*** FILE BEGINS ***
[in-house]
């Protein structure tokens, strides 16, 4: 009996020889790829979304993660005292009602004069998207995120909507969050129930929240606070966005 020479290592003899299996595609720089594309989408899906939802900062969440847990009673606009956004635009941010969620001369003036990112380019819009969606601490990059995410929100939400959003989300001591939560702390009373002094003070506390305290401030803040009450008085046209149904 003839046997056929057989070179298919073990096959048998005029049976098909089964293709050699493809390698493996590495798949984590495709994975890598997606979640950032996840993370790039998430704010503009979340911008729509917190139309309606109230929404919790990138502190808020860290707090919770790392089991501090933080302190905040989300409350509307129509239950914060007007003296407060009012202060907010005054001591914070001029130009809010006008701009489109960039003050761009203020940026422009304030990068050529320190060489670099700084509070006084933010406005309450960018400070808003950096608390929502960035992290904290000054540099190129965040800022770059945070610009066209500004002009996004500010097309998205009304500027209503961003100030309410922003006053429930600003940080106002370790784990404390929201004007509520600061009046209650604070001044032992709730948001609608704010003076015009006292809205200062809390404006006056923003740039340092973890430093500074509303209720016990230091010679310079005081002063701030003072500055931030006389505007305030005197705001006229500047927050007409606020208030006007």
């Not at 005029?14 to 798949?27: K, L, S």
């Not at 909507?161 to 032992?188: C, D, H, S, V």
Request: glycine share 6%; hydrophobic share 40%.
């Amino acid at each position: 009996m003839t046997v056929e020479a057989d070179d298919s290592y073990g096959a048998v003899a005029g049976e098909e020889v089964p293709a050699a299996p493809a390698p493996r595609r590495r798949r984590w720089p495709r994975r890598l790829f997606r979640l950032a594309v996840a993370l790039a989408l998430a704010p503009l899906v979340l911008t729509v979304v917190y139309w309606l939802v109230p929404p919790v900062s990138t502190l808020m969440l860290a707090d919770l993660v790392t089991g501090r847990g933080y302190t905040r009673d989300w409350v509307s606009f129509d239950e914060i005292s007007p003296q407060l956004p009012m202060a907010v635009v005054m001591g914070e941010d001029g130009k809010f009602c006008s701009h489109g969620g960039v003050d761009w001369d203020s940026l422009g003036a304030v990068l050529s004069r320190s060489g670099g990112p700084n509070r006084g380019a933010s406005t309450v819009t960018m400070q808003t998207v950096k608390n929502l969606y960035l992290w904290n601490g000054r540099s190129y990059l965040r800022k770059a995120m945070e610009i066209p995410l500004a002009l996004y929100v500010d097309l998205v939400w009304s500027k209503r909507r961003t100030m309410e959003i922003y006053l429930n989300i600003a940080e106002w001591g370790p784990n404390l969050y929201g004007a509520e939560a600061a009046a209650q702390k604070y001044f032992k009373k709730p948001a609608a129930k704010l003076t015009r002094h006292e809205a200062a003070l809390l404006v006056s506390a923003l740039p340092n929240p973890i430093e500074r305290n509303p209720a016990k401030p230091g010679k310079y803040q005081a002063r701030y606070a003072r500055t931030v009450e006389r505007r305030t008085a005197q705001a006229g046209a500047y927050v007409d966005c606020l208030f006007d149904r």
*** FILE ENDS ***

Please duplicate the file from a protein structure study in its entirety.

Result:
[in-house]
């Protein structure tokens, strides 16, 4: 009996020889790829979304993660005292009602004069998207995120909507969050129930929240606070966005 020479290592003899299996595609720089594309989408899906939802900062969440847990009673606009956004635009941010969620001369003036990112380019819009969606601490990059995410929100939400959003989300001591939560702390009373002094003070506390305290401030803040009450008085046209149904 003839046997056929057989070179298919073990096959048998005029049976098909089964293709050699493809390698493996590495798949984590495709994975890598997606979640950032996840993370790039998430704010503009979340911008729509917190139309309606109230929404919790990138502190808020860290707090919770790392089991501090933080302190905040989300409350509307129509239950914060007007003296407060009012202060907010005054001591914070001029130009809010006008701009489109960039003050761009203020940026422009304030990068050529320190060489670099700084509070006084933010406005309450960018400070808003950096608390929502960035992290904290000054540099190129965040800022770059945070610009066209500004002009996004500010097309998205009304500027209503961003100030309410922003006053429930600003940080106002370790784990404390929201004007509520600061009046209650604070001044032992709730948001609608704010003076015009006292809205200062809390404006006056923003740039340092973890430093500074509303209720016990230091010679310079005081002063701030003072500055931030006389505007305030005197705001006229500047927050007409606020208030006007």
């Not at 005029?14 to 798949?27: K, L, S």
């Not at 909507?161 to 032992?188: C, D, H, S, V």
Request: glycine share 6%; hydrophobic share 40%.
């Amino acid at each position: 009996m003839t046997v056929e020479a057989d070179d298919s290592y073990g096959a048998v003899a005029g049976e098909e020889v089964p293709a050699a299996p493809a390698p493996r595609r590495r798949r984590w720089p495709r994975r890598l790829f997606r979640l950032a594309v996840a993370l790039a989408l998430a704010p503009l899906v979340l911008t729509v979304v917190y139309w309606l939802v109230p929404p919790v900062s990138t502190l808020m969440l860290a707090d919770l993660v790392t089991g501090r847990g933080y302190t905040r009673d989300w409350v509307s606009f129509d239950e914060i005292s007007p003296q407060l956004p009012m202060a907010v635009v005054m001591g914070e941010d001029g130009k809010f009602c006008s701009h489109g969620g960039v003050d761009w001369d203020s940026l422009g003036a304030v990068l050529s004069r320190s060489g670099g990112p700084n509070r006084g380019a933010s406005t309450v819009t960018m400070q808003t998207v950096k608390n929502l969606y960035l992290w904290n601490g000054r540099s190129y990059l965040r800022k770059a995120m945070e610009i066209p995410l500004a002009l996004y929100v500010d097309l998205v939400w009304s500027k209503r909507r961003t100030m309410e959003i922003y006053l429930n989300i600003a940080e106002w001591g370790p784990n404390l969050y929201g004007a509520e939560a600061a009046a209650q702390k604070y001044f032992k009373k709730p948001a609608a129930k704010l003076t015009r002094h006292e809205a200062a003070l809390l404006v006056s506390a923003l740039p340092n929240p973890i430093e500074r305290n509303p209720a016990k401030p230091g010679k310079y803040q005081a002063r701030y606070a003072r500055t931030v009450e006389r505007r305030t008085a005197q705001a006229g046209a500047y927050v007409d966005c606020l208030f006007d149904r």